Stanford’s Twenty20 began by flashing money in the faces of the players of the region. Had he chosen to go outside of the WICB he would still have been successful since the cricketers would have followed the same path as those who followed Kerry packer in the 1970s. Money runs things.
That one team could have won $1m USD in the Twenty20 tournament was enough of an attraction to all of the cricketers in the West Indies and the WICB was clearly stumped. It never considered that it could have adopted a similar strategy. It lacked the will and the competence and still does.
Stanford has been offering money as the main attraction. We are yet to see quality cricket but he has been pouring money all over the place in the sport.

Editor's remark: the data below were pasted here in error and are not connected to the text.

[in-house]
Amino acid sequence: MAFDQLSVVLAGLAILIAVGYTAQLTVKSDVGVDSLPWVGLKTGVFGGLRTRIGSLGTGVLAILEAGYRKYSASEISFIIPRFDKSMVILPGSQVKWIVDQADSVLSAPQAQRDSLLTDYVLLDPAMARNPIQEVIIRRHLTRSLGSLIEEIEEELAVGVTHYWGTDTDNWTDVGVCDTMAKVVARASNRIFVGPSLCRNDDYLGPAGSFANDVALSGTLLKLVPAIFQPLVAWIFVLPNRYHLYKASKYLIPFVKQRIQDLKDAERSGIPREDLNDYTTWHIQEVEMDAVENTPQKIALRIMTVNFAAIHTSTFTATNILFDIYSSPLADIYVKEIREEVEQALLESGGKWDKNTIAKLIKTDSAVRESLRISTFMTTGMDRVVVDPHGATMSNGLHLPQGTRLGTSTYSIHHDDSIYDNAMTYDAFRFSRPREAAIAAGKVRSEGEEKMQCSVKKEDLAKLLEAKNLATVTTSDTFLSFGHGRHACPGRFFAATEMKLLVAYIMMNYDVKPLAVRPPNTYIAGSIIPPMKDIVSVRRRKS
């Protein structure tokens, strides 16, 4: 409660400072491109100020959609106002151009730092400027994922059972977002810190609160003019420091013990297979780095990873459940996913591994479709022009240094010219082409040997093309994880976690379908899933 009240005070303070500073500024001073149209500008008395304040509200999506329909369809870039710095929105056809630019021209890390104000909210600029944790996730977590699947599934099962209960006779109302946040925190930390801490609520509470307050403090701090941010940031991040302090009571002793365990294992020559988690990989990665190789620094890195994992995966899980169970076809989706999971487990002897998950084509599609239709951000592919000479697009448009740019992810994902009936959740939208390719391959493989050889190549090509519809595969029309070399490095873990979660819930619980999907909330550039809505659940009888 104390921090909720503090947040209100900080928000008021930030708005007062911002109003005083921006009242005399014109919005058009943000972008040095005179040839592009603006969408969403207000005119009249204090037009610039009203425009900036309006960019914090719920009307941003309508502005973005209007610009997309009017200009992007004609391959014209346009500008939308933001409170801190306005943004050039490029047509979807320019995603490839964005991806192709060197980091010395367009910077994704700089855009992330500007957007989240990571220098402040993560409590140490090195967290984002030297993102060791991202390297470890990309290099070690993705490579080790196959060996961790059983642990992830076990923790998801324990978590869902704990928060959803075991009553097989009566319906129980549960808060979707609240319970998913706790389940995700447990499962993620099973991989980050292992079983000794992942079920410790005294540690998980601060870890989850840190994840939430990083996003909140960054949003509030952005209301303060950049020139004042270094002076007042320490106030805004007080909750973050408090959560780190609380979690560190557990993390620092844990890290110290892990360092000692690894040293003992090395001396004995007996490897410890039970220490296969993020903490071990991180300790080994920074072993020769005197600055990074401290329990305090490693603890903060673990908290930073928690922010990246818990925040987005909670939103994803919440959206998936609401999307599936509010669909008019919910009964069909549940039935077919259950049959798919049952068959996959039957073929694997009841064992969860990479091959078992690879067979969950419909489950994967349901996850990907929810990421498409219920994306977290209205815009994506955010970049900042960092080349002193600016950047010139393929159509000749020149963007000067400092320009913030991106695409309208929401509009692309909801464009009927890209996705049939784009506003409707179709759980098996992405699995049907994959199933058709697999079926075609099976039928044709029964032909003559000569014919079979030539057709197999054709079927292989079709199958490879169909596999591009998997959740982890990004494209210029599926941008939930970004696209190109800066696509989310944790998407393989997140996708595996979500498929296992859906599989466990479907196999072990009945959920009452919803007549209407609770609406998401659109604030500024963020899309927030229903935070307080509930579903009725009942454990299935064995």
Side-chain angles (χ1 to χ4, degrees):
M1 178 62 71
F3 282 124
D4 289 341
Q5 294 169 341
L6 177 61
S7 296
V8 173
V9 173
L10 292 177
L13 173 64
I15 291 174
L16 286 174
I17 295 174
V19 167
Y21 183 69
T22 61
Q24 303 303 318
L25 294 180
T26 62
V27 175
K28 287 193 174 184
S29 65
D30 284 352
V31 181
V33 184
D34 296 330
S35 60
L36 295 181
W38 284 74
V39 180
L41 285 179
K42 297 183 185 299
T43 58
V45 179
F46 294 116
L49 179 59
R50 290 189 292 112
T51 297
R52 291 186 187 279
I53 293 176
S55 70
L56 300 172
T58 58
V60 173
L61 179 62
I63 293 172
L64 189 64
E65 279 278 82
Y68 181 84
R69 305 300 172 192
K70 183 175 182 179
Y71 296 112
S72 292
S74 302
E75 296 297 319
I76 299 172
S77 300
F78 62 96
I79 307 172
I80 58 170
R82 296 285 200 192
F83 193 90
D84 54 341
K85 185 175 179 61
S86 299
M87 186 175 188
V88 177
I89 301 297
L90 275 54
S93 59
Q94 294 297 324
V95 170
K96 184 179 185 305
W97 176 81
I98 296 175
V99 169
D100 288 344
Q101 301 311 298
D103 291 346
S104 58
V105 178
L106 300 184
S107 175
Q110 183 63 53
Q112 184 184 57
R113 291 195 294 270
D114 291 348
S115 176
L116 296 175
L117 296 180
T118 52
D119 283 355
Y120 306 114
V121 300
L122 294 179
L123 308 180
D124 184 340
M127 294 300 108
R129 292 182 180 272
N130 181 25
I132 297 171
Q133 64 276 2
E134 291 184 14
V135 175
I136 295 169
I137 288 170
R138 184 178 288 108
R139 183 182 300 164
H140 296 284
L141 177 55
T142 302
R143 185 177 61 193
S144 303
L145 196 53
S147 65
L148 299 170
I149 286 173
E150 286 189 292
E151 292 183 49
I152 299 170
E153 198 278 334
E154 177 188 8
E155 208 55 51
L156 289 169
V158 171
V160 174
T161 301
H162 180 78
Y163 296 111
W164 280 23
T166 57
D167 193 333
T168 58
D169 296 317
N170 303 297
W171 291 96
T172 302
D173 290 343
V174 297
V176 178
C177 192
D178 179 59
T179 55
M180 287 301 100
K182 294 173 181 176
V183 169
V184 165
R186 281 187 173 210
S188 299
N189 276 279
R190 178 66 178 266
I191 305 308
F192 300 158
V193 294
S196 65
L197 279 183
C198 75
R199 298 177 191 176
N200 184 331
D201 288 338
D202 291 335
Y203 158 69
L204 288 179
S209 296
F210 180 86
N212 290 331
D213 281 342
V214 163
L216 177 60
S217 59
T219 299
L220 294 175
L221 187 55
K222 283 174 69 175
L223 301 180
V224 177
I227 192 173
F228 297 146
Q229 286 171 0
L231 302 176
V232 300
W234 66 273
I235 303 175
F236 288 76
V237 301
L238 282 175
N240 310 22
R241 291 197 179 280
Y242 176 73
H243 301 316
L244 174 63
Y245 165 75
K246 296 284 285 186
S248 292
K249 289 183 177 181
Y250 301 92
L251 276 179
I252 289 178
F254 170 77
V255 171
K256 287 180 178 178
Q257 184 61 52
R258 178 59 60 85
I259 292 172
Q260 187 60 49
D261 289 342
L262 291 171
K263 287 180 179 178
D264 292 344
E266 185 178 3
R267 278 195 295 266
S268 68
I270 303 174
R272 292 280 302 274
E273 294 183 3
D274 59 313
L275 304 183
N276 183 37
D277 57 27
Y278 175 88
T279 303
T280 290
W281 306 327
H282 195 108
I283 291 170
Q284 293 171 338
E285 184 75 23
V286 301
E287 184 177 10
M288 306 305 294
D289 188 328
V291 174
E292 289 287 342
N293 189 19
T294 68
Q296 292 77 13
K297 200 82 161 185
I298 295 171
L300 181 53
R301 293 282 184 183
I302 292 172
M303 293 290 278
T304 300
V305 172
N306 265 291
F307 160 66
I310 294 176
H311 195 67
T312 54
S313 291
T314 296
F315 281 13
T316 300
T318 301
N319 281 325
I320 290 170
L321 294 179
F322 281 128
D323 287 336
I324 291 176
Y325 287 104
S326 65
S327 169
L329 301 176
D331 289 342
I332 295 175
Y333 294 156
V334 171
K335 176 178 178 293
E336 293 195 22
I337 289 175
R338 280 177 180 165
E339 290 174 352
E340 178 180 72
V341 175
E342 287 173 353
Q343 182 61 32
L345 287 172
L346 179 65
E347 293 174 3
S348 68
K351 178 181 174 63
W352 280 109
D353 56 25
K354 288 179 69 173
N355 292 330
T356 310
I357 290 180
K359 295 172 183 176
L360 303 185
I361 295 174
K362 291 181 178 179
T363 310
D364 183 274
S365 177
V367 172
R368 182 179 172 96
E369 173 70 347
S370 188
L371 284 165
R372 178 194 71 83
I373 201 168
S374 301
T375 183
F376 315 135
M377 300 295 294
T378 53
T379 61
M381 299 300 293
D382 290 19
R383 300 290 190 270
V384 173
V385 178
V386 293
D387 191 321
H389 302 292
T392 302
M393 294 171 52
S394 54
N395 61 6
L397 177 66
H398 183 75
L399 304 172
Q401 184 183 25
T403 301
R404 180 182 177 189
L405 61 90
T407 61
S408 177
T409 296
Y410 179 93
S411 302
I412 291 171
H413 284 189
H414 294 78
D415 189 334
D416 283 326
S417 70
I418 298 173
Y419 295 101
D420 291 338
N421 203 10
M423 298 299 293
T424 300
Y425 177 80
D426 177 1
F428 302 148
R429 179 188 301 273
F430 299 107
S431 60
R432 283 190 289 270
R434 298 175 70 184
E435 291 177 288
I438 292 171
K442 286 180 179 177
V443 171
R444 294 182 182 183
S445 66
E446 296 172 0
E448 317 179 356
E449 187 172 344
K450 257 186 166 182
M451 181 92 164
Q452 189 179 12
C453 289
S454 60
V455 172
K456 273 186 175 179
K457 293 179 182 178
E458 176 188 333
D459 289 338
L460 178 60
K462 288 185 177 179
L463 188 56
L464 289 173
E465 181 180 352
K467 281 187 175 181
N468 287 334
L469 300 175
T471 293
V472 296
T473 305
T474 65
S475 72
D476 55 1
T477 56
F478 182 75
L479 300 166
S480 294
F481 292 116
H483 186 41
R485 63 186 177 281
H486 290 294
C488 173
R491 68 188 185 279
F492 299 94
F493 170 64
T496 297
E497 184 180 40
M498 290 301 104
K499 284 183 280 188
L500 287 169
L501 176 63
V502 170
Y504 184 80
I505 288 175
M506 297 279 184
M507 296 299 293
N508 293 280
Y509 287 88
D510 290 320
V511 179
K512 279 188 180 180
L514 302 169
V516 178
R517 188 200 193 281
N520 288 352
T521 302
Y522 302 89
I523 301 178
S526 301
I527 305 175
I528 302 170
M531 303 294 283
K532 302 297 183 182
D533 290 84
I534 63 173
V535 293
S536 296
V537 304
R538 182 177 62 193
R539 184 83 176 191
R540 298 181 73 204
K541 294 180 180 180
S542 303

Stanford is a business man and can be credited with vision. He recognised the potential of the Twenty20 version of the game and the impact of money on the players and the countries they represent.
Stanford’s contract with the so-called cricketing legends of the West Indies remains much of an embarrassment for some who were once committed to progress as Caribbean people but one cannot deny these former players the opportunity they now have to enjoy the kinds of monies being poured into their pockets, even if they find themselves in advertisements that others may well have found distasteful and reprehensible.
Stanford versus England
Stanford’s newest cricketing venture pits a Stanford select team from those involved in his Twenty20 competition against England at his ground in Antigua and Barbuda. The match is not likely to be much of anything in terms of the sport since England is still struggling to regain former glory and the region’s cricketers have long since lost their way.